The Tracker is like the lopped-off top of an HTC Vive controller: it's weird, black and three-pronged. It charges up via Micro-USB and then can screw into other add-on accessories. Add it to the top of a light gun, and you have a trackable weapon. Screw it into a plastic tennis racket, and you have a VR tennis racket. Put them on velcro wrist bands and wear them on your arms or legs, and you can track your body a bit.
Sometimes awesome, but lacks haptics
Connecting the ping-pong paddle and playing ping-pong in VR sounds silly, but was surprisingly great and physics-accurate. But, I can't feel the ball's impact with the paddle. There aren't any haptics. Which means I feel like I'm playing ping-pong with a neurological disorder.
I was weirdly excited when I strapped both trackers to my feet and realized my shoes had suddenly become visible in VR. I had a blast trying Final Soccer, which turned my hands and feet into four trackable points. I was able to try goal kicks with my actual legs -- or, my feet. But again, no vibration or haptic feedback. I can see myself kicking, but can't feel it.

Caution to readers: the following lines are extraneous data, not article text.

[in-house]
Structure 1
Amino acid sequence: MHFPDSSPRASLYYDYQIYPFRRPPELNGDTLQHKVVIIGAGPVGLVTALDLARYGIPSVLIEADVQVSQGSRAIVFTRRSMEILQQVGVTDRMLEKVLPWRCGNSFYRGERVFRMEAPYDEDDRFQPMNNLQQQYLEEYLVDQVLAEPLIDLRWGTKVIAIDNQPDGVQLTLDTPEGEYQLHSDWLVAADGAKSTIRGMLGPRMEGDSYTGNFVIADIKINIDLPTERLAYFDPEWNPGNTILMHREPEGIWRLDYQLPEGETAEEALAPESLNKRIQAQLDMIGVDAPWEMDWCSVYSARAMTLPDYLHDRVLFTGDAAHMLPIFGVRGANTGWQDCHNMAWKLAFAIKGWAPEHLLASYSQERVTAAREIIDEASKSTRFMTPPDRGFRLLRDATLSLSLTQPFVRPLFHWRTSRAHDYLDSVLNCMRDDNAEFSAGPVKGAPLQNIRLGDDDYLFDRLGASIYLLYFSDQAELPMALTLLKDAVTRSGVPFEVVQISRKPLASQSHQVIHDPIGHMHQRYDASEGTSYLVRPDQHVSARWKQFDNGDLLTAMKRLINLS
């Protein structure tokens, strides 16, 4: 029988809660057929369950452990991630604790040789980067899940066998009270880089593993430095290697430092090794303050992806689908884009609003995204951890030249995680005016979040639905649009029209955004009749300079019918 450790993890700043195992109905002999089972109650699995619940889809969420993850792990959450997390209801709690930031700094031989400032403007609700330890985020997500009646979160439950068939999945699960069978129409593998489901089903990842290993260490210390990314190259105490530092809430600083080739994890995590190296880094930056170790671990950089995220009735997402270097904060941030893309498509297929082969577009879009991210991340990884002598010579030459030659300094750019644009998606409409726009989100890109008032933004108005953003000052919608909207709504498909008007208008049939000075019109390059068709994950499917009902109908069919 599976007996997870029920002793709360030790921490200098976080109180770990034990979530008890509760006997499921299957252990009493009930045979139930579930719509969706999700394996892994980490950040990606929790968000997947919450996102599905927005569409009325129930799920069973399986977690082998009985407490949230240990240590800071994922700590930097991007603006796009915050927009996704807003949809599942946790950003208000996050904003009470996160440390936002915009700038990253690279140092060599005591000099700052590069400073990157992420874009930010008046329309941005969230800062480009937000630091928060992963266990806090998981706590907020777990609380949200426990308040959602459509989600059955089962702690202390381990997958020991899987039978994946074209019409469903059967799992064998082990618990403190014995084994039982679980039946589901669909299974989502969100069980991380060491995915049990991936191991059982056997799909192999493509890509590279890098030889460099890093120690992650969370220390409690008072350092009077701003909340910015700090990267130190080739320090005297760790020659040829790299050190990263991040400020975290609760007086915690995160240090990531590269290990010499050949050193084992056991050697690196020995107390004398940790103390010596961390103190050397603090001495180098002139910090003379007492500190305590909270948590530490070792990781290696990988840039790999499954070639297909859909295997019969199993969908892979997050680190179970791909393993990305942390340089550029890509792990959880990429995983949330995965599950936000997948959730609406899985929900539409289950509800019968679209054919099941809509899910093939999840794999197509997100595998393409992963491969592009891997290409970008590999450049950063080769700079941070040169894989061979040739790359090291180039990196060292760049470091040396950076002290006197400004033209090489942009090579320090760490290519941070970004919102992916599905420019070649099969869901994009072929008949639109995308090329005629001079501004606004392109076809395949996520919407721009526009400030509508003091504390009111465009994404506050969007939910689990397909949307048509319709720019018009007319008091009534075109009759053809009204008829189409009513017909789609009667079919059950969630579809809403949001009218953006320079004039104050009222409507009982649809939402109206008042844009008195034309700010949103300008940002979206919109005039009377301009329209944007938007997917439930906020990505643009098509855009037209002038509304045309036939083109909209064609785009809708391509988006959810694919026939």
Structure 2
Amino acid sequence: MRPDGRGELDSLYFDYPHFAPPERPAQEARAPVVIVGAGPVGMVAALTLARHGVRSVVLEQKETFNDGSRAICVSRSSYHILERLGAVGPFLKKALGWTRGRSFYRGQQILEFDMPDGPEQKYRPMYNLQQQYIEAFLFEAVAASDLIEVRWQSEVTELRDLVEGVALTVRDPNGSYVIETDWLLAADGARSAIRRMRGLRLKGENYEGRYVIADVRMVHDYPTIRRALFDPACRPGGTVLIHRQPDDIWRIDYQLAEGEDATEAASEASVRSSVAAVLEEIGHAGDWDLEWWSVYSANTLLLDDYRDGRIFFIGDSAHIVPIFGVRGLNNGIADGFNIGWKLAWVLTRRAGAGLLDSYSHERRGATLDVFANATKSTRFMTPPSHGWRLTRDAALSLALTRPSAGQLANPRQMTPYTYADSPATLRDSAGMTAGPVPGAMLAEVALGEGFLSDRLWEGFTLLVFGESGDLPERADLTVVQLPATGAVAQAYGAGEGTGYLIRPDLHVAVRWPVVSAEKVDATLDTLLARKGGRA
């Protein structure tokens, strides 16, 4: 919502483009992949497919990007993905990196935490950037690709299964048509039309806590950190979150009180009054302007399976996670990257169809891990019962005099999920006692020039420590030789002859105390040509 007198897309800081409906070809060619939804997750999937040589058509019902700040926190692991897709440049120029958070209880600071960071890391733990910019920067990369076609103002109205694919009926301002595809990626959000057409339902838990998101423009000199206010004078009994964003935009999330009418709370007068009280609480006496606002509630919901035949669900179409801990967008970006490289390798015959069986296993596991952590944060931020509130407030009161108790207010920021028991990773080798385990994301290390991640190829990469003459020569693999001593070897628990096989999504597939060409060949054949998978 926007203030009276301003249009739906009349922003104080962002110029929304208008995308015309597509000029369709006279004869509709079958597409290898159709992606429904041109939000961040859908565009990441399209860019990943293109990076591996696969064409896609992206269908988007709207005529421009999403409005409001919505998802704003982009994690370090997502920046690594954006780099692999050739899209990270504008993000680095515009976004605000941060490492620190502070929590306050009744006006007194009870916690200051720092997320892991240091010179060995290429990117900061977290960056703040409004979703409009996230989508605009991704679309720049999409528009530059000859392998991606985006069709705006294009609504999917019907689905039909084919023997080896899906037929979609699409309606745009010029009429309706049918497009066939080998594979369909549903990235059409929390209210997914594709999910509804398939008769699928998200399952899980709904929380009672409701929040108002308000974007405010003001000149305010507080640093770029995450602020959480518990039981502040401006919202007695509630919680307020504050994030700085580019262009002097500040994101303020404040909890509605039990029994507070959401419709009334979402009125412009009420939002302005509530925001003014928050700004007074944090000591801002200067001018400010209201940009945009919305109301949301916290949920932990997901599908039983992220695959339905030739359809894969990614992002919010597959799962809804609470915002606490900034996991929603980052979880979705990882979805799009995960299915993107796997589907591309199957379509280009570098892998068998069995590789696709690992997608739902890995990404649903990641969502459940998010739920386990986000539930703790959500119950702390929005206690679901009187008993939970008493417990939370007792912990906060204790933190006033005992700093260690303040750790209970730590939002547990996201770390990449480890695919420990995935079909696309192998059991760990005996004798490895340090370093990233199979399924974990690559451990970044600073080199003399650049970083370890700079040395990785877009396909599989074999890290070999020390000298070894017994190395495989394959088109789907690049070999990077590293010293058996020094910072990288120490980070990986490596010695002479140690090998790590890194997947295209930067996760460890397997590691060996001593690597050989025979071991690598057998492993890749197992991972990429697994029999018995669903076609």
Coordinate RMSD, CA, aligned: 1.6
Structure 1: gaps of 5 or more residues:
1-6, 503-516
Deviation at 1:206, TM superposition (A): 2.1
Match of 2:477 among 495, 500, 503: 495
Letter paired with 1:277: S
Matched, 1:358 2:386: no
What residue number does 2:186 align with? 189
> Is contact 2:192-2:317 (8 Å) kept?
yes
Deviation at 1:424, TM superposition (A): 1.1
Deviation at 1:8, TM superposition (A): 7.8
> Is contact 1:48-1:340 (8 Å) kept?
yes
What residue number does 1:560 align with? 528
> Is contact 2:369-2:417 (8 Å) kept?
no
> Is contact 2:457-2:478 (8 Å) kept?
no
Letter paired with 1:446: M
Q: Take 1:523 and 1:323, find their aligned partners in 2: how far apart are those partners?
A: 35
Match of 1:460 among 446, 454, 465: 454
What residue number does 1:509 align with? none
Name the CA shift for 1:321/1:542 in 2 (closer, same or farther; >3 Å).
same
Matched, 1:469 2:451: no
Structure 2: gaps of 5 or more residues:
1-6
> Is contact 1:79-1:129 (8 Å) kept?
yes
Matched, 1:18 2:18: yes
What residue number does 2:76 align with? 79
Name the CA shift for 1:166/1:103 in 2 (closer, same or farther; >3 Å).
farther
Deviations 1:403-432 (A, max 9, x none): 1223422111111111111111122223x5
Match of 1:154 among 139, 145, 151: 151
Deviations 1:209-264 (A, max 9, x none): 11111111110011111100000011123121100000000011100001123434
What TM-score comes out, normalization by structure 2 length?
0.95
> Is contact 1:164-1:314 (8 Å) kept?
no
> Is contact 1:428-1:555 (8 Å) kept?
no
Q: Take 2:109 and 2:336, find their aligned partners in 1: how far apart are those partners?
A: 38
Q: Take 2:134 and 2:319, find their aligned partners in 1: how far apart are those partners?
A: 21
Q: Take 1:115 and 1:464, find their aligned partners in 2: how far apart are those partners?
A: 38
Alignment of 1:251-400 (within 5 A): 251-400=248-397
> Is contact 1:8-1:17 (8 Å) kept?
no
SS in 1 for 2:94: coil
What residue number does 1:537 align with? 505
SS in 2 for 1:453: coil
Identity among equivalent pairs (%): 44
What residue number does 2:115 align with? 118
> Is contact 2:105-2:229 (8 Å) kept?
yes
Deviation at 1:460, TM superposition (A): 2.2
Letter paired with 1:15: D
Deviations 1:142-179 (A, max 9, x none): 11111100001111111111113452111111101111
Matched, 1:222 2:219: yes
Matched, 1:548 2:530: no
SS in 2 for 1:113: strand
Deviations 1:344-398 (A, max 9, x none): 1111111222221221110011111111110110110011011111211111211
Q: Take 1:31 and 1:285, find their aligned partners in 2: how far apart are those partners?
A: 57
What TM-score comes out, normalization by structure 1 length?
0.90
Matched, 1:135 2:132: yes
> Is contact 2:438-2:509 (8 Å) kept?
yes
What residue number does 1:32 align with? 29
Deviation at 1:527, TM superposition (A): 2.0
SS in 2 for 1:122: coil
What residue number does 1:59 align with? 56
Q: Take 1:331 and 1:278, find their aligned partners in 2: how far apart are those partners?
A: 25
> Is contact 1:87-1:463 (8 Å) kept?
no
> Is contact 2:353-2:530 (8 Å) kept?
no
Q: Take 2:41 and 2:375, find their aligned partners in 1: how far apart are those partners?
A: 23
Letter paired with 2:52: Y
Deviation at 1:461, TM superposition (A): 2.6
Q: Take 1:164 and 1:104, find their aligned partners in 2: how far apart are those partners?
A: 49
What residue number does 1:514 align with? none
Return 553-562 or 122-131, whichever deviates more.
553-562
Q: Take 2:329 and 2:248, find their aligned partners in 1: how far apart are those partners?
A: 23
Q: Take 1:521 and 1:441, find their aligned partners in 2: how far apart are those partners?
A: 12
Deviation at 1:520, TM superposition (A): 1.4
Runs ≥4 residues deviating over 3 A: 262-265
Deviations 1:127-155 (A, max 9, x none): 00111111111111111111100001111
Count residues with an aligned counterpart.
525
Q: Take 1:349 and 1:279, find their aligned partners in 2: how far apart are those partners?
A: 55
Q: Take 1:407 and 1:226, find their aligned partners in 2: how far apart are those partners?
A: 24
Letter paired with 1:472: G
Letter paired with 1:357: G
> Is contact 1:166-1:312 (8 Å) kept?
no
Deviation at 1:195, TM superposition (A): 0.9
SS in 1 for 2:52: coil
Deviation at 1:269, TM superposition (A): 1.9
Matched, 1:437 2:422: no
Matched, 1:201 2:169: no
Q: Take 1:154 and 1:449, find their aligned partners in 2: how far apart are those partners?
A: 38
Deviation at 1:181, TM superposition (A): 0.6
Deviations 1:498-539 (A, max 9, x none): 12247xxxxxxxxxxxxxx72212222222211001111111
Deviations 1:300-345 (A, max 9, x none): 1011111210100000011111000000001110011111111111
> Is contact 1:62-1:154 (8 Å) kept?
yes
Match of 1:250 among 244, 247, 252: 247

Turns out, I'm a terrible soccer player. But it was fun to actually kick the ball in the virtual world.
Dongles, Dongles, Dongles
The Vive Tracker (you can buy one or two) comes with its own USB cable and dongle that's needed to link to your PC. Which is... really annoying.
The cable needs to be snaked out of a spare USB port -- keep in mind, you're already using one USB port for the headset. Two trackers need two dongles. Setting up the tracker involves pairing it in Valve's SteamVR settings. But, I found that once a tracker paired, one of my two controllers would get kicked off. Keeping all three wireless devices paired at once took a few attempts.
Each game that's Tracker-supported handles setup in a different way. The Vive Tracker reviewer's guide -- something that consumers don't have access to -- recommended launching games with both controllers and a Vive Tracker paired, in some instances. Other times, I needed just one controller and a tracker. Games have to know to assign the main controls to the paddle, or the light gun or add feet tracking.